21.  Meanwhile, we have been considering the underlying funding arrangements for the FSCS. In 2006 we decided to hold a review in order to rectify a number of problems that had been identified. One clear deficiency was the overall capacity of the scheme; in our judgement it was necessary to increase the range of events where we could ensure that consumers would be paid when valid compensation claims were made. Currently the amount available to the deposit taking sub-scheme is a perpetual limit of 0.3% of protected deposits—a total of around £2.6 billion. Our proposals, on which we consulted earlier this year, will substantially increase the funding available to around £4 billion per year across all sectors.[1] While limited, this would significantly increase the funding available to the FSCS. We said in our Consultation Paper that we were not intending to establish a funding model capable of providing total cover in all instances, and we still believe this to be the correct approach. As we noted in our Consultation Paper, we would expect a large-scale failure to trigger the crisis management arrangements set out in the Tripartite Memorandum of Understanding.

  22.  Nearly all the industry strongly opposed our proposals, arguing that there was no need to change the current arrangements, which they believed were fit for purpose, and that introducing greater cross-subsidy between different classes of firms was inappropriate. We are currently finalising our formal policy on the future funding model. The new funding model, with its increased capacity, would be introduced from 1 April 2008.

  23.  Working with the Treasury, the Bank of England and the FSCS, we will build on work that we began in 2006, in order to consider the broader framework within which the FSCS operates. We will focus on how best to deliver an appropriate level of assurance to consumers, including looking at both the monetary limits and improving the speed with which compensation payments can be made to consumers in the event of a large default. In this context it will be important to find a solution for deposit protection which takes account of appropriate changes to compensation arrangements more broadly, including in other financial sectors, and to avoid unintended consequences and possible knock-on effects. As the Chancellor announced on 1 October, the Government intends to legislate to implement a more fundamental reform of the framework for depositor protection. We will consult jointly with Treasury as appropriate on further changes to the regime.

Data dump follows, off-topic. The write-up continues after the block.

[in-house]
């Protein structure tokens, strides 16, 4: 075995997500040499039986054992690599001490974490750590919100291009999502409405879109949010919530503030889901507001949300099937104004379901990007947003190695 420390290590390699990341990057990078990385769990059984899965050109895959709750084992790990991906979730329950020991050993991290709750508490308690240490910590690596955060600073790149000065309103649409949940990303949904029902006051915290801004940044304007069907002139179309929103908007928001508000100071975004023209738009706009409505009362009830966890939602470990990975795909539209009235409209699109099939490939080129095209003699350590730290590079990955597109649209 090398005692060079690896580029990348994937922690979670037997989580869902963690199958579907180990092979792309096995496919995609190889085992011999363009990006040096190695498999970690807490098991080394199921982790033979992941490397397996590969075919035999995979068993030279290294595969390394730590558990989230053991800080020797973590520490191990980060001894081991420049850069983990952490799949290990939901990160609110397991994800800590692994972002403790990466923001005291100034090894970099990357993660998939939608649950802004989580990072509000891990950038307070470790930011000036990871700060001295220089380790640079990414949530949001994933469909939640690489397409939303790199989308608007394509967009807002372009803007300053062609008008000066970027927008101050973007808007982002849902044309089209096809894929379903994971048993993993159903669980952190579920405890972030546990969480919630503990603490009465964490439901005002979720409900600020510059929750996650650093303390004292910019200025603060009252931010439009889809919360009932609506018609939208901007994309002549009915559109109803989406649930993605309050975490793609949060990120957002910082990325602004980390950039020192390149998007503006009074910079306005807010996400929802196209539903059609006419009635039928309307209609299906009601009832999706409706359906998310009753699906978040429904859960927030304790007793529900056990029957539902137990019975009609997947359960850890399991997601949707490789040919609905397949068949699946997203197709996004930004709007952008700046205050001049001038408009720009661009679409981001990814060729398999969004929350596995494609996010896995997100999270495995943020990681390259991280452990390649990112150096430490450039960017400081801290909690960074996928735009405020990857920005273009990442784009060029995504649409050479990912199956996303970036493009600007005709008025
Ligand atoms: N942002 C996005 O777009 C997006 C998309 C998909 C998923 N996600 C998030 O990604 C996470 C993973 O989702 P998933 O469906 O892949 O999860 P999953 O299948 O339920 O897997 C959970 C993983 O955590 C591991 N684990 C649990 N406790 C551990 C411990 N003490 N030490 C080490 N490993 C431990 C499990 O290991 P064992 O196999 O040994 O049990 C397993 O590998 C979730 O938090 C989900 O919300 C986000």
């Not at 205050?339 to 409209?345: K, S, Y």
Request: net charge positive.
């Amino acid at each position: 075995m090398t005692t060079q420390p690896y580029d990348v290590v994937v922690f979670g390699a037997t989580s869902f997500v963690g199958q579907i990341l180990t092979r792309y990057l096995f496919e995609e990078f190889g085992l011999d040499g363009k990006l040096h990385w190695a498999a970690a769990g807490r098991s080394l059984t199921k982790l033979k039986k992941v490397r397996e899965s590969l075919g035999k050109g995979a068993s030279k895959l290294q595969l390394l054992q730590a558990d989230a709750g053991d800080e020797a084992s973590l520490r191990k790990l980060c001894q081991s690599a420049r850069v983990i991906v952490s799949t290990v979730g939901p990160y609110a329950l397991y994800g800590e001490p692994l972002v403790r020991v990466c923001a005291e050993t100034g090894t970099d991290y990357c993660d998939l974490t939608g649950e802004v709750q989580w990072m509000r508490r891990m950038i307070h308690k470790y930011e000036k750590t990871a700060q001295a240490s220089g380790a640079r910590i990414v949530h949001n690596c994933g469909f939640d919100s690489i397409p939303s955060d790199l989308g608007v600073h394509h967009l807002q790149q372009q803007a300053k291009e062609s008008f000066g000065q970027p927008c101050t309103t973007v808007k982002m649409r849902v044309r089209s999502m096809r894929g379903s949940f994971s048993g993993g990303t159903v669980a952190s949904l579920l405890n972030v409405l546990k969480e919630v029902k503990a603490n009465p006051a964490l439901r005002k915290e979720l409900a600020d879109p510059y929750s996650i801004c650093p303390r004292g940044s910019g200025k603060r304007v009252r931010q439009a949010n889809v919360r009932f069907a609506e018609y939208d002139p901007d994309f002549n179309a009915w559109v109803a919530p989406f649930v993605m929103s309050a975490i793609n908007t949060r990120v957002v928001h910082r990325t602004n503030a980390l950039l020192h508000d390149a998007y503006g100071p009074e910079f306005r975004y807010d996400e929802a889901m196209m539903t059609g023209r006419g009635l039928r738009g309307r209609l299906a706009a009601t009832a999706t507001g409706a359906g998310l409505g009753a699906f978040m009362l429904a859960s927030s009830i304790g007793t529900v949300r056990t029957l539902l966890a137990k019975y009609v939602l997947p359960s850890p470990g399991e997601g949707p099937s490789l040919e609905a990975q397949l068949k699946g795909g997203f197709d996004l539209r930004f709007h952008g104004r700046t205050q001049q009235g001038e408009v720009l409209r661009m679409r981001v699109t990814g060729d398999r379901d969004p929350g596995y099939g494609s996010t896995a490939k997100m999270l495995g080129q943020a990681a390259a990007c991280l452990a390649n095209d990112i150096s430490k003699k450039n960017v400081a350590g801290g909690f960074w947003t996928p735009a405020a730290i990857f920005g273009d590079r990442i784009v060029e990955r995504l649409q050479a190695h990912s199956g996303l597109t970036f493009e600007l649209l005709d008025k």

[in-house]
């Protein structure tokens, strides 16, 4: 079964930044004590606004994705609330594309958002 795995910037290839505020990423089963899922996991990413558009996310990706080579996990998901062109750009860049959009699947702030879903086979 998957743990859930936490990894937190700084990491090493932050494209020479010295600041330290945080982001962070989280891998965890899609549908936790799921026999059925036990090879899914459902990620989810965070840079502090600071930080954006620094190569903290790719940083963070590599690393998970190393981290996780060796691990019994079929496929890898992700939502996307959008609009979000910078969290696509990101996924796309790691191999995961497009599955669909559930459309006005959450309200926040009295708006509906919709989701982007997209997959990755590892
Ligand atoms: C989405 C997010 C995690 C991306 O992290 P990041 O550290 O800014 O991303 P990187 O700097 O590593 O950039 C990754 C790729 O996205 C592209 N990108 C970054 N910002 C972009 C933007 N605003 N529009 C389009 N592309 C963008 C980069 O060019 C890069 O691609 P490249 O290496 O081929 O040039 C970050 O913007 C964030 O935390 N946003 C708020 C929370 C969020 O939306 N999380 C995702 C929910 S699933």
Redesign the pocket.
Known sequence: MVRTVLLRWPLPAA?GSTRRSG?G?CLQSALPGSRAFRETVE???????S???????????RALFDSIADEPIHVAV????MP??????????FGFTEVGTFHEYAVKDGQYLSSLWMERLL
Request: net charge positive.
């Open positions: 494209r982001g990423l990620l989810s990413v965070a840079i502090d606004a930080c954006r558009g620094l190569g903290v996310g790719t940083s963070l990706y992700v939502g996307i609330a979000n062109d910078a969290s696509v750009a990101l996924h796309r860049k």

5 October 2007

1   The existing scheme's funding is restricted to each contribution group: deposit-taking £2.6 billion (0.3% of protected deposits in total over the lifetime of claims received); general insurance providers £267 million annually (0.8% of relevant net premium income); general insurance intermediaries £82 million annually (0.8% of annual eligible income); life and pensions providers £544 million annually (0.8% of relevant net premium income); investment firms £400 million annually; and mortgage intermediaries £14 million annually (0.8% of annual eligible income). The amounts available would not be available to other groups as the current scheme does not allow for any cross-subsidy. Back